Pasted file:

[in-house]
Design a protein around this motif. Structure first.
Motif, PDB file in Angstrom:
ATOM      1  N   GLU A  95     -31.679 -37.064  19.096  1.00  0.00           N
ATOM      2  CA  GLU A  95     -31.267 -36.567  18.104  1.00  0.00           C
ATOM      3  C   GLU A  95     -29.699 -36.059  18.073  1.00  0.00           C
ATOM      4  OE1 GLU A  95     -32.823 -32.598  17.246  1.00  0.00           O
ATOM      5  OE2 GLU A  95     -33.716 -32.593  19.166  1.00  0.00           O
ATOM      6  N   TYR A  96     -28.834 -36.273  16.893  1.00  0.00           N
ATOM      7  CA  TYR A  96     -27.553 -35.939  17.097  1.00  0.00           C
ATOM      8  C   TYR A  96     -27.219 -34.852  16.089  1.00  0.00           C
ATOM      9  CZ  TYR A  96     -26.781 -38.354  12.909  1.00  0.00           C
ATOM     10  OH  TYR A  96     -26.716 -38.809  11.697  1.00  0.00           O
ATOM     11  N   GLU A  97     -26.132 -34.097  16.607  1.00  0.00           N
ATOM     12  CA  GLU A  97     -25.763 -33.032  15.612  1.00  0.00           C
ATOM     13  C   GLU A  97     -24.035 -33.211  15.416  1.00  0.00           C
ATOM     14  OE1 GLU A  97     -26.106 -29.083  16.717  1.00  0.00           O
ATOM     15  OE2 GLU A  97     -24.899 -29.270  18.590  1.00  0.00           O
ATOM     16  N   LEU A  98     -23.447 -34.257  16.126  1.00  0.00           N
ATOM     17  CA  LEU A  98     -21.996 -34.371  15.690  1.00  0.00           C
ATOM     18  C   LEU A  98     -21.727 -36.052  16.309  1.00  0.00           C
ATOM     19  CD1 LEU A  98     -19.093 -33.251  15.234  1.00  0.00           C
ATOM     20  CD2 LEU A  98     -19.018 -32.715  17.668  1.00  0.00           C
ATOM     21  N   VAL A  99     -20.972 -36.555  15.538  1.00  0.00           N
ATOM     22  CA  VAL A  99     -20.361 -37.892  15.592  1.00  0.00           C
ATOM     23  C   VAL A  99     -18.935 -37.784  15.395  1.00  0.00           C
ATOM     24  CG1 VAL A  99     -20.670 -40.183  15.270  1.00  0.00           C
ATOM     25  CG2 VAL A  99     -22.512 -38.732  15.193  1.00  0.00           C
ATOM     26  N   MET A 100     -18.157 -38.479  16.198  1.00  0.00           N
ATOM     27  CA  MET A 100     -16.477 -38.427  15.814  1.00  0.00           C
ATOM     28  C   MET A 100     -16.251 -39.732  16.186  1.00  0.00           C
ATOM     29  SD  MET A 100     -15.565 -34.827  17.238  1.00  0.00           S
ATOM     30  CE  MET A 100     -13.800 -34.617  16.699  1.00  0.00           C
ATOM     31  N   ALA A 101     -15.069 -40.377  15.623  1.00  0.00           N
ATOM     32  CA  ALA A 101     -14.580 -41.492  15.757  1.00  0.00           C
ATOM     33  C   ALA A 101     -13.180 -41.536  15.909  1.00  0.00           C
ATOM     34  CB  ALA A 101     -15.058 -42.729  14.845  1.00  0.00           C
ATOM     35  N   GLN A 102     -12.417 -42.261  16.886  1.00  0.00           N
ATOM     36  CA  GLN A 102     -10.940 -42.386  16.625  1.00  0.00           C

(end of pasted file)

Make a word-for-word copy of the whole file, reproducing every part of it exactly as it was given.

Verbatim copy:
[in-house]
Design a protein around this motif. Structure first.
Motif, PDB file in Angstrom:
ATOM      1  N   GLU A  95     -31.679 -37.064  19.096  1.00  0.00           N
ATOM      2  CA  GLU A  95     -31.267 -36.567  18.104  1.00  0.00           C
ATOM      3  C   GLU A  95     -29.699 -36.059  18.073  1.00  0.00           C
ATOM      4  OE1 GLU A  95     -32.823 -32.598  17.246  1.00  0.00           O
ATOM      5  OE2 GLU A  95     -33.716 -32.593  19.166  1.00  0.00           O
ATOM      6  N   TYR A  96     -28.834 -36.273  16.893  1.00  0.00           N
ATOM      7  CA  TYR A  96     -27.553 -35.939  17.097  1.00  0.00           C
ATOM      8  C   TYR A  96     -27.219 -34.852  16.089  1.00  0.00           C
ATOM      9  CZ  TYR A  96     -26.781 -38.354  12.909  1.00  0.00           C
ATOM     10  OH  TYR A  96     -26.716 -38.809  11.697  1.00  0.00           O
ATOM     11  N   GLU A  97     -26.132 -34.097  16.607  1.00  0.00           N
ATOM     12  CA  GLU A  97     -25.763 -33.032  15.612  1.00  0.00           C
ATOM     13  C   GLU A  97     -24.035 -33.211  15.416  1.00  0.00           C
ATOM     14  OE1 GLU A  97     -26.106 -29.083  16.717  1.00  0.00           O
ATOM     15  OE2 GLU A  97     -24.899 -29.270  18.590  1.00  0.00           O
ATOM     16  N   LEU A  98     -23.447 -34.257  16.126  1.00  0.00           N
ATOM     17  CA  LEU A  98     -21.996 -34.371  15.690  1.00  0.00           C
ATOM     18  C   LEU A  98     -21.727 -36.052  16.309  1.00  0.00           C
ATOM     19  CD1 LEU A  98     -19.093 -33.251  15.234  1.00  0.00           C
ATOM     20  CD2 LEU A  98     -19.018 -32.715  17.668  1.00  0.00           C
ATOM     21  N   VAL A  99     -20.972 -36.555  15.538  1.00  0.00           N
ATOM     22  CA  VAL A  99     -20.361 -37.892  15.592  1.00  0.00           C
ATOM     23  C   VAL A  99     -18.935 -37.784  15.395  1.00  0.00           C
ATOM     24  CG1 VAL A  99     -20.670 -40.183  15.270  1.00  0.00           C
ATOM     25  CG2 VAL A  99     -22.512 -38.732  15.193  1.00  0.00           C
ATOM     26  N   MET A 100     -18.157 -38.479  16.198  1.00  0.00           N
ATOM     27  CA  MET A 100     -16.477 -38.427  15.814  1.00  0.00           C
ATOM     28  C   MET A 100     -16.251 -39.732  16.186  1.00  0.00           C
ATOM     29  SD  MET A 100     -15.565 -34.827  17.238  1.00  0.00           S
ATOM     30  CE  MET A 100     -13.800 -34.617  16.699  1.00  0.00           C
ATOM     31  N   ALA A 101     -15.069 -40.377  15.623  1.00  0.00           N
ATOM     32  CA  ALA A 101     -14.580 -41.492  15.757  1.00  0.00           C
ATOM     33  C   ALA A 101     -13.180 -41.536  15.909  1.00  0.00           C
ATOM     34  CB  ALA A 101     -15.058 -42.729  14.845  1.00  0.00           C
ATOM     35  N   GLN A 102     -12.417 -42.261  16.886  1.00  0.00           N
ATOM     36  CA  GLN A 102     -10.940 -42.386  16.625  1.00  0.00           C